People can contract mosquito-borne illnesses when they are bitten by an infected insect, according to the CDC. Mosquitoes become infected when they bite another animal that is infected, and then the virus multiples in their bodies. When they, in turn, bite a person or animal, they can pass the virus on and the person or animal that was bitten can contract the illness.

Problems and solutions

The best way to control mosquitoes is to interrupt their life cycle, and one of the most effective ways to do this is to reduce or eliminate areas around your house where they breed, the state health department advises.

Because water is an important part of many of the insects’ lifecycles, removing places where standing water can accumulate is a good first step. This includes old tires, trash cans, cans and bottles stored outside, clogged gutters and flat roofs with poor drainage. If you have a rain barrel, a cistern or a septic tank, make sure it is covered tightly with a good-fitting lid or covered with 16-mesh screen, the health department advises.

If you have a wading pool or a kiddie pool in your yard, make sure to empty it at least once a week. Store it inside when not being used. Make sure any boats you store are covered or upside down. If you have bird baths or plant pots with trays, make sure to change the water at least once a week. And make sure to change the water in any pet bowls kept outside daily.

If you have a pond, stock it with fish that eat mosquito larvae, like minnows and goldfish. And keep your grass cut short, because mosquitoes like to rest in tall grass and other shady spots during the heat of the day.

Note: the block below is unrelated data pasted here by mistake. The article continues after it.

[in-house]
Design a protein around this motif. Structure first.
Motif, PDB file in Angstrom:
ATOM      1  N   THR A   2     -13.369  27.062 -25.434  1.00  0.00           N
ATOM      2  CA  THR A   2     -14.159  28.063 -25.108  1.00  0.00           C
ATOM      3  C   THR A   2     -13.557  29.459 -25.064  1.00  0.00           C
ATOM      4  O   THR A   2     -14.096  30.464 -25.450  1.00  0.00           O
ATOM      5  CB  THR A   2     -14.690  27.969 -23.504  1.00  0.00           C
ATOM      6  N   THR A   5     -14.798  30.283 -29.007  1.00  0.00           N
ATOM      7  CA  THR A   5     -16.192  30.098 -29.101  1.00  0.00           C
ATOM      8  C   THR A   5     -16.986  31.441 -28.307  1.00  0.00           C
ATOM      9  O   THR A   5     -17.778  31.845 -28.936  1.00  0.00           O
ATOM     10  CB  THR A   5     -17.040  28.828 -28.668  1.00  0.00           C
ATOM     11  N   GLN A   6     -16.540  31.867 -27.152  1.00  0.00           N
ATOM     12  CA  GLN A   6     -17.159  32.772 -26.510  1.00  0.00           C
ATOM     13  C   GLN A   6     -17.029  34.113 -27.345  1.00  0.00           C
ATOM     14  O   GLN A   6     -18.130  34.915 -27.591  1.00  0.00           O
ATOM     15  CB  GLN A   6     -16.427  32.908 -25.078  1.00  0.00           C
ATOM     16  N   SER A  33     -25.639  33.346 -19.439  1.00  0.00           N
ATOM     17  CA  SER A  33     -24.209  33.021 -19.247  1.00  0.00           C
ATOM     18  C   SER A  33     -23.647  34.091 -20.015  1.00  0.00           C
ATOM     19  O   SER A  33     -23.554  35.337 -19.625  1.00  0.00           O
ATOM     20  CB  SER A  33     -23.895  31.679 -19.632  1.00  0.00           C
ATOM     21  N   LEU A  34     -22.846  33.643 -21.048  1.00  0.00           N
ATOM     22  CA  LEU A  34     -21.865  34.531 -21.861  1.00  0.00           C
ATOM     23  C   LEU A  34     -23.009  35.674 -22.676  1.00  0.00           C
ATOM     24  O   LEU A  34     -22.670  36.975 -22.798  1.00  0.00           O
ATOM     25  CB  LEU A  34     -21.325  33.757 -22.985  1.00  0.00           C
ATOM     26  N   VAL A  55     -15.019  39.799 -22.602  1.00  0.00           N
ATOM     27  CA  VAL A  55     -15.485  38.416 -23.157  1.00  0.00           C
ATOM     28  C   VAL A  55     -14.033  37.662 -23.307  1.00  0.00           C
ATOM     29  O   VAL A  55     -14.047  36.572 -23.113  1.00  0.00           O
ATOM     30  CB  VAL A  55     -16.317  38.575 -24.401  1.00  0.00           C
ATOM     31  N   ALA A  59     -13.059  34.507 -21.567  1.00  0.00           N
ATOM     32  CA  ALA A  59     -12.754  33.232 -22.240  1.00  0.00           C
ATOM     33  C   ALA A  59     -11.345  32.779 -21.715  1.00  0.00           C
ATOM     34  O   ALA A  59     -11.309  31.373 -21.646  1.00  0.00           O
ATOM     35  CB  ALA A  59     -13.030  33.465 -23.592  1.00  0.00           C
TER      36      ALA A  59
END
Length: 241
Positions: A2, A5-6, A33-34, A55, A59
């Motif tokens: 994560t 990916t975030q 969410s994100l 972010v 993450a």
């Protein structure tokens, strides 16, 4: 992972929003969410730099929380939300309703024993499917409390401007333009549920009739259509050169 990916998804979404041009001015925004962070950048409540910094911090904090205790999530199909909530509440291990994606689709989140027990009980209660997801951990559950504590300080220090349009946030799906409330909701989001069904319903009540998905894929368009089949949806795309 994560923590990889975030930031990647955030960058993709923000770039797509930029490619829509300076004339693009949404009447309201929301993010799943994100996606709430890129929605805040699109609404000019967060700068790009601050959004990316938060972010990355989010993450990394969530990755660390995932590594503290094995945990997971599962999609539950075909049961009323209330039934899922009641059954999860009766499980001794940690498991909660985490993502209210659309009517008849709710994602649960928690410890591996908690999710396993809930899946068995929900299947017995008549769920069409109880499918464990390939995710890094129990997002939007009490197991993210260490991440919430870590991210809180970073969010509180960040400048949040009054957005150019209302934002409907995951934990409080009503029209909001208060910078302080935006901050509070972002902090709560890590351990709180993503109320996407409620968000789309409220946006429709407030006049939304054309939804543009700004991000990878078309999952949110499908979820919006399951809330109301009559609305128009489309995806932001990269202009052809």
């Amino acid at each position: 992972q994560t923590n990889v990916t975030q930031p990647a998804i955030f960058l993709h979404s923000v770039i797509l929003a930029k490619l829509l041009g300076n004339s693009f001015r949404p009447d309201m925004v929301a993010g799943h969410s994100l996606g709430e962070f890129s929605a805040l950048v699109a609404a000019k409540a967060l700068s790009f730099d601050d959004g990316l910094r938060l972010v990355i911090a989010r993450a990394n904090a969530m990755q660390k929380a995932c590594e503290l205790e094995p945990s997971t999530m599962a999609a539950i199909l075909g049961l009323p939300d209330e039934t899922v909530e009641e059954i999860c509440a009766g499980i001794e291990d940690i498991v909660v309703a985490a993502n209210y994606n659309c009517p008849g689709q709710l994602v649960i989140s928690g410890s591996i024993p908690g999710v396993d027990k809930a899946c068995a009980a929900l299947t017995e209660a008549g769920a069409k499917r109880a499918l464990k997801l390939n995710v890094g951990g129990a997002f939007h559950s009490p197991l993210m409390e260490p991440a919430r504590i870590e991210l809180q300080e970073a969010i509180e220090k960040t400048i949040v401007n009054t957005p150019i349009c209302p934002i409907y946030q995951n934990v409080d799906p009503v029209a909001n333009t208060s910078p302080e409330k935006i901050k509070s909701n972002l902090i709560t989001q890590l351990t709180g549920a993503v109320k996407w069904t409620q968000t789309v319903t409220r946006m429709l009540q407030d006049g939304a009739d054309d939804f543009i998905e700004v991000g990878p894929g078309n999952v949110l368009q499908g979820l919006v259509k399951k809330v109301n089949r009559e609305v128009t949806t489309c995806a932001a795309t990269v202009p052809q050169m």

In addition to taking steps to prevent mosquitoes from reproducing around your home, you should also protect yourself from mosquito bites when possible. The best way to avoid mosquito bites is to avoid being outdoors at the times when they are most active. The most active time of day for most mosquitoes is just before and after sunrise and sunset, although some mosquitoes, particularly Asian tiger mosquitoes and tree-hole mosquitoes, are active during the day, according to the state health department.

Repellents can also be effective in preventing mosquito bites. DEET is considered the gold standard in active ingredients to prevent mosquito bites. Look for products containing 20% to 30% DEET, as these are usually sufficient, IDPH reports. Products containing higher concentrations of DEET are available, but they don’t usually offer any additional protection.

Two other active ingredients that can help repel mosquitoes are picardin and oil of lemon eucalyptus. Picardin has shown to be nearly as effective as DEET, but without the strong odor and sticky feeling, IDPH states. Some people prefer oil of lemon eucalyptus because it is derived from a plant. Although it is effective, it does not last for as long as products containing DEET or picardin.

One word of caution: Products containing oil of lemon eucalyptus should not be used on children younger than 3, and products containing DEET should not be used on children younger than 2 months old.

Other tips for preventing mosquito bites include the following:

  • Wear appropriate clothing when possible. Long-sleeved shirts and pants will offer the best protection, and make sure to tuck your pant legs into your socks or boots.
  • Choose light-colored clothing, as this will help deter mosquitoes.
  • Check your home’s screens and doors to make sure they are in good repair and not allowing mosquitoes and other insects a way to get indoors.
  • Use mosquito netting when sleeping outdoors in an unprotected structure.

 

(Photos via Shutterstock)